New strain of HIV found in Cuba is twice as agressive as average virus
A new strain of HIV has been found in Cuba, which progresses to AIDS twice as fast as the average strain of the virus.
The strain, which is a mix of three subtypes of HIV, can progress to AIDS within 3 years without treatment- twice as fast as the 6 to 10 years that the average strain takes to progress.
According to The Seattle Times, Anne-Mieke Vandamme, a professor at the University of Leuven, and a team of researchers travelled to Cuba after an increasing number of HIV infections that rapidly spread to AIDS were reported.
The researchers studied 73 patients who had tested negative for HIV within three years, but who recently contracted the virus. All of the patients at the Tropical Medicine Pedro Kouri in Havana infected with the strain of HIV, known as recombinant, progressed to AIDS within three years and none of them received treatment before progressing.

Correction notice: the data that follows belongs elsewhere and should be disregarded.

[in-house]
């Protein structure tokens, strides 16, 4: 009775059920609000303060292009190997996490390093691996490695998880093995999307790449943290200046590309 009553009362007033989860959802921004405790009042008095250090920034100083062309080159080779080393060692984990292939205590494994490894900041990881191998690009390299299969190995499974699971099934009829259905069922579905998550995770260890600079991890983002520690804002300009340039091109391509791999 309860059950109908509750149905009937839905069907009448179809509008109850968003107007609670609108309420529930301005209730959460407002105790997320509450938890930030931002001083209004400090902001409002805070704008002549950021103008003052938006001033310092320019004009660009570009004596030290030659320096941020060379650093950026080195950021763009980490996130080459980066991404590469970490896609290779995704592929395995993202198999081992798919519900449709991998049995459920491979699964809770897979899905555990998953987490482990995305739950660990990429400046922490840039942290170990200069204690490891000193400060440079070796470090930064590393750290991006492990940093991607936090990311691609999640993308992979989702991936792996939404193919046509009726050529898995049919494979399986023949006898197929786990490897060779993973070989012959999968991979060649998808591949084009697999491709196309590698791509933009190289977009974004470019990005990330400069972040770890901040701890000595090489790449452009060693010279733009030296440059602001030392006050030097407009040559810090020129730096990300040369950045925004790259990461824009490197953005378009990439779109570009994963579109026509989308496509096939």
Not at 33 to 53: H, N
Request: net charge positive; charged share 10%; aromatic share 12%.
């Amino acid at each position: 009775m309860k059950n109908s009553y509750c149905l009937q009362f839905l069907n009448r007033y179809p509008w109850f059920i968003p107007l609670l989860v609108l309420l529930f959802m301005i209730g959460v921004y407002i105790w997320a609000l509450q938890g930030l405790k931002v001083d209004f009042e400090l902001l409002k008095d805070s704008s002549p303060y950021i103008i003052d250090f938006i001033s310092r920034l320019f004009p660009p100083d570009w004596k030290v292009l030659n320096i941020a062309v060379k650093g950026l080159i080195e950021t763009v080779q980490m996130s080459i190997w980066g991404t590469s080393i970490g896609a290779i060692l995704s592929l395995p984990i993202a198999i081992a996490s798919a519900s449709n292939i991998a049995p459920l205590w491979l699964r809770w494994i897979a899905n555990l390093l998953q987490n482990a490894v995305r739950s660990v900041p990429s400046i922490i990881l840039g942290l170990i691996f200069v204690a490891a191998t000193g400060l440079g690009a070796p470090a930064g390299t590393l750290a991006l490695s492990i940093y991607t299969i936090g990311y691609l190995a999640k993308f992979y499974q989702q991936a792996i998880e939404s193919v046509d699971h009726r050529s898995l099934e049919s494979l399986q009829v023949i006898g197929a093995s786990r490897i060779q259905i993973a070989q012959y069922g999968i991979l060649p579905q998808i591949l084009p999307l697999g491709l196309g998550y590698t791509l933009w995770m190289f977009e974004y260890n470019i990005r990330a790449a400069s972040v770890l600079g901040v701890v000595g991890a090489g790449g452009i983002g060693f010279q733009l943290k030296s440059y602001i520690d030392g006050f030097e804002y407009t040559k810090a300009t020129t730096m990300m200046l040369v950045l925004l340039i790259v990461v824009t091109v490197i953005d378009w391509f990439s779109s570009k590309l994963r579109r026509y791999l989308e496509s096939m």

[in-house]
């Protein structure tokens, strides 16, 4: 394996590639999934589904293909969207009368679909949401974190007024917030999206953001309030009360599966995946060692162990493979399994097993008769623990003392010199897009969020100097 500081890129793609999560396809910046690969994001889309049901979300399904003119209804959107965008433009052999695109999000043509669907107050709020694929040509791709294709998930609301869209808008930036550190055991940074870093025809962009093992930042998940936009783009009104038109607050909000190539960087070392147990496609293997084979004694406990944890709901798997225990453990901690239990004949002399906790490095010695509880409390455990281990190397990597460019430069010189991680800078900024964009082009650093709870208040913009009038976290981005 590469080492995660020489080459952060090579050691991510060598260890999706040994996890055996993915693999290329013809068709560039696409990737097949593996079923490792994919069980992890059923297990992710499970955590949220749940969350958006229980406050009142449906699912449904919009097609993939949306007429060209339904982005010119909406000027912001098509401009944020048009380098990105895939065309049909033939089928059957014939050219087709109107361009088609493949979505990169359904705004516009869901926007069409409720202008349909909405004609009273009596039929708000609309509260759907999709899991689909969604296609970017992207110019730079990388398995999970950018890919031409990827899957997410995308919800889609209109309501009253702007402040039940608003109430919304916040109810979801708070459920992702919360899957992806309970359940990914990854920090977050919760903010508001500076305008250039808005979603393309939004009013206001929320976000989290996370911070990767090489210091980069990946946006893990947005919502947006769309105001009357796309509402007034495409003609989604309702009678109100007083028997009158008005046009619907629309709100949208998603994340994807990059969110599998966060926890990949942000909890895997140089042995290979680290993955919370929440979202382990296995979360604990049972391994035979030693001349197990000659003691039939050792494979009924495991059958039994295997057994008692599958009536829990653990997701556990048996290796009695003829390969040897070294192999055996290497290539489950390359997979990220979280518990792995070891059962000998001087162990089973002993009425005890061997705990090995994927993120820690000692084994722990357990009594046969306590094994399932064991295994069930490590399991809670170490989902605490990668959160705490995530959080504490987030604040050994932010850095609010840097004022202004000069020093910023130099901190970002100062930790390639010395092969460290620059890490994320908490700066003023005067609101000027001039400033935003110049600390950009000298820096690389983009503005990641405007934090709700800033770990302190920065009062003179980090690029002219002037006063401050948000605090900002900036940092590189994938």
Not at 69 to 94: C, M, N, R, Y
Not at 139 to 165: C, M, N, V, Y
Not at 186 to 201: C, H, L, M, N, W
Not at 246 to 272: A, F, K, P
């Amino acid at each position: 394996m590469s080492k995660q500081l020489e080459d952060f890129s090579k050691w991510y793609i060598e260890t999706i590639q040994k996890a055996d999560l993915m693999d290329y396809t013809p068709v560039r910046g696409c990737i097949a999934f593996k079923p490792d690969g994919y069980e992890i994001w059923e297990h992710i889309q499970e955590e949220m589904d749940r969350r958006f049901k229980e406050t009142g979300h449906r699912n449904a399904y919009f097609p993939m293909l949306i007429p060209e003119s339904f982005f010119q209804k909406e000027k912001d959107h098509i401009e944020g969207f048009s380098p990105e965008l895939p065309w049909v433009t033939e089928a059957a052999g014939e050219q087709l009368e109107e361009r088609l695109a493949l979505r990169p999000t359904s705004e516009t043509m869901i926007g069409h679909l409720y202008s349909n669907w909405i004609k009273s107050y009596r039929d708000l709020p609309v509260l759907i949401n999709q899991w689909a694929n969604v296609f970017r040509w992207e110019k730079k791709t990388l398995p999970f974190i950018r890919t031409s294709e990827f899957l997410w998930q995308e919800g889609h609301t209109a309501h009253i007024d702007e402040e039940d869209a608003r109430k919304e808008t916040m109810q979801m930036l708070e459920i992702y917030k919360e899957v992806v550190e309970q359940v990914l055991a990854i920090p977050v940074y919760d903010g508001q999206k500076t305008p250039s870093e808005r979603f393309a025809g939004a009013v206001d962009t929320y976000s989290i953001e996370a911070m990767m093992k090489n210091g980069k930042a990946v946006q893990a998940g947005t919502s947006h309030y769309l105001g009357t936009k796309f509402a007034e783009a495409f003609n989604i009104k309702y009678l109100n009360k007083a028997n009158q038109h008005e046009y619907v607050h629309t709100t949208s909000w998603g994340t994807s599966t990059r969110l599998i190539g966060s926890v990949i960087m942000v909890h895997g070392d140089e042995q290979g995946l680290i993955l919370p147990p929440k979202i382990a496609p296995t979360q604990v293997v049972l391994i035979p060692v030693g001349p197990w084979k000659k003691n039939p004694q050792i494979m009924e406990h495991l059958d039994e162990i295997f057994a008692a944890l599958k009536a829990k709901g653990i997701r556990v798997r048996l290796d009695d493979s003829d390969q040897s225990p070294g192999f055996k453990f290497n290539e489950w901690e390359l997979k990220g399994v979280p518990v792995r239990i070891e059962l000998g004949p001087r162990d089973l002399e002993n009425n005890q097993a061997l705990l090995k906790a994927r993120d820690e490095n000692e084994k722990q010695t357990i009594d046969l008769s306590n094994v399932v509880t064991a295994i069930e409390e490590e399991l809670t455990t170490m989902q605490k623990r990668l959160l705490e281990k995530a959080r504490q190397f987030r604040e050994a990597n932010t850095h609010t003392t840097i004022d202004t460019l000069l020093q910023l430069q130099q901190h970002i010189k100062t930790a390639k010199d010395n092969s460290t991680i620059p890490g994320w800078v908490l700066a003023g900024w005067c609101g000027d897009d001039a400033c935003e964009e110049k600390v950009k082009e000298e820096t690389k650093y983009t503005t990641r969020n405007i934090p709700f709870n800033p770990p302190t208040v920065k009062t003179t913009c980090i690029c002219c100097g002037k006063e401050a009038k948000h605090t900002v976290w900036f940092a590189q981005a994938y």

More than 60 strains of HIV type 1 exist in the world because of mutations. The rapid nature of this new Cuban strain makes it difficult to treat.
Researchers also found that people having unprotected sex with multiple partners increased their risk of contracting multiple strains of HIV that could mutate or recombine into a new strain.
The research has been criticised, however, as the sample size of 95 patients is too small out of the some 15,000 Cubans living with HIV.
In the UK, HIV diagnoses have fallen from 6,333 in 2010 to 6,000 in 2013, and the proportion of late diagnoses of HIV continues to decline- down to 42% in 2013 from 50% in 2010.